see it.
   	THE WITNESS:  Okay, clicking on here... and it indicates that 
   this site has been moved from what I have -- the site location was 
   included in my declaration, it also provides the link to the new 
   site, which is a different URL address than the previous one, a 
   different name included in there.  And the reason being, it's 
   stated by whomever put this page on there that due to overwhelming 
   response the site has been moved to its own Webserver, it's own 
   computer system.
   	JUDGE DALZELL:  Does that statement, based on your 
   experience, does that statement, A, make sense; B, strike you as 
   	THE WITNESS:  Very much so, your Honor, yes.  That's one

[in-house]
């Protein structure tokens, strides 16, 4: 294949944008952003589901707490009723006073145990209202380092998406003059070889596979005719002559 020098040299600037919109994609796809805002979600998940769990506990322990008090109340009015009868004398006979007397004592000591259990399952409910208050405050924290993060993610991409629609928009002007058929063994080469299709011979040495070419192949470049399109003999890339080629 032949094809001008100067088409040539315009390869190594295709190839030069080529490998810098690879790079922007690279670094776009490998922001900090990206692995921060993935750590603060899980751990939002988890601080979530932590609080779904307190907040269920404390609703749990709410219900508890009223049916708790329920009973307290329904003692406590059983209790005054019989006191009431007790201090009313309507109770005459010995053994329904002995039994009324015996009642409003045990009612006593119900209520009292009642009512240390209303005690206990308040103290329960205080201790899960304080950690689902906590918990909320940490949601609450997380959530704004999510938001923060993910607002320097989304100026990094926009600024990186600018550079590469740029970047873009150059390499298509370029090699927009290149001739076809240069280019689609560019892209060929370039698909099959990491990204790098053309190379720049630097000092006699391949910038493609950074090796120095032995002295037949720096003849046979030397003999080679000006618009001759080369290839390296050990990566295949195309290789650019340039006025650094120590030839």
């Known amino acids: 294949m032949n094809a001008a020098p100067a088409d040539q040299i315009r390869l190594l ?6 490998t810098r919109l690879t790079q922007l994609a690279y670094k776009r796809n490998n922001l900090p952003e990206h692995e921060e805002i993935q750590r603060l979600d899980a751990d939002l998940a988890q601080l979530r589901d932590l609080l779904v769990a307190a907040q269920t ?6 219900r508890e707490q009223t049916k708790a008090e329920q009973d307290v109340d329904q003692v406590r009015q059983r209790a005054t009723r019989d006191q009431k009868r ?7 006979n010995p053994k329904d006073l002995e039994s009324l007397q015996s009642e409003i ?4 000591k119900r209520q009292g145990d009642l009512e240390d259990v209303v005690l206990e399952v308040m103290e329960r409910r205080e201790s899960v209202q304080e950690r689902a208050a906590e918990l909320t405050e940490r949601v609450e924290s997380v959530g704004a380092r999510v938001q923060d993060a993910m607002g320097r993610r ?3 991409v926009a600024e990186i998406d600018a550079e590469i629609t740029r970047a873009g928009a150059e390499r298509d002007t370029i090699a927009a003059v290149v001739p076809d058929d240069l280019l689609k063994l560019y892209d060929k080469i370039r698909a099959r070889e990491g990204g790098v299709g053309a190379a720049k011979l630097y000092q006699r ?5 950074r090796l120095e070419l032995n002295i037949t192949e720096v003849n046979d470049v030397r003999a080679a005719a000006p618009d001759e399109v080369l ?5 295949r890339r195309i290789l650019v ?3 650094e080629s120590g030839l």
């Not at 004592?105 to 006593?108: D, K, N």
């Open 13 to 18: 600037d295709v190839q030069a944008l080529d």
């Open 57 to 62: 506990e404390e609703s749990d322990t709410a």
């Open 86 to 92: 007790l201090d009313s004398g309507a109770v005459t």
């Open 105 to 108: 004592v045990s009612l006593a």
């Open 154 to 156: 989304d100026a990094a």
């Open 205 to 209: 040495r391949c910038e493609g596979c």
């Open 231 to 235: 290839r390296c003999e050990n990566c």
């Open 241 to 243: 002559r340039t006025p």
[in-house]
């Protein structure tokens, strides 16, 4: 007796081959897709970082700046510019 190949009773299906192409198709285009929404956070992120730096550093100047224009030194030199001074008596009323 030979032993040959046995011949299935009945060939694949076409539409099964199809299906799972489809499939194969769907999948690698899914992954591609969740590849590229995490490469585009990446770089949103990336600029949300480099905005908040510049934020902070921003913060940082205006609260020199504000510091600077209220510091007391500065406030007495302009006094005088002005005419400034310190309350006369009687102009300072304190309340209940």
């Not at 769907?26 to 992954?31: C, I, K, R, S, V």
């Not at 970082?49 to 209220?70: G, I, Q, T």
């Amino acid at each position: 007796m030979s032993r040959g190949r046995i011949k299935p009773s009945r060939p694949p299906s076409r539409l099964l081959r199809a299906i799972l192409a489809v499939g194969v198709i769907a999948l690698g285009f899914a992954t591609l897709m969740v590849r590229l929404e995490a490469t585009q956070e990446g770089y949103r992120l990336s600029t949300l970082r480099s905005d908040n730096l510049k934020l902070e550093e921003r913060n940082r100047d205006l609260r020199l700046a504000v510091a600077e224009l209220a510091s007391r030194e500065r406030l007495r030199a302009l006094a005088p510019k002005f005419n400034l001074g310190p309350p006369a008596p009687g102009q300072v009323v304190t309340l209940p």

where one would -- in order for its users or its fans, so to 
   speak, to be able to follow the links they put that on there and 
   it says, okay, here's -- I'm no longer at this location, here's 
   where I am now, click here to go to it.
   	JUDGE DALZELL:  And that's because the new server can take 
   more traffic, if you will?
   	THE WITNESS:  Apparently, based on the way it appears here, 
   yes, your Honor.
   	JUDGE DALZELL:  Okay, fine, that's interesting.
   	THE WITNESS:  Then if I were to --
   	JUDGE SLOVITER:  And that would be true as to anything?  For 
   example, if all of a sudden an event was coming to Philadelphia, 
   going back to what you had said before, which got a lot of 
   traffic, people wanted to know whether tickets were available, is 
   it that kind of site also that they would move to a --
   	JUDGE DALZELL:  A server with more capacity?
   	THE WITNESS:  Yes, your Honors, that's quite correct, but if 
   I may explain.  What one may find out that we have -- for example,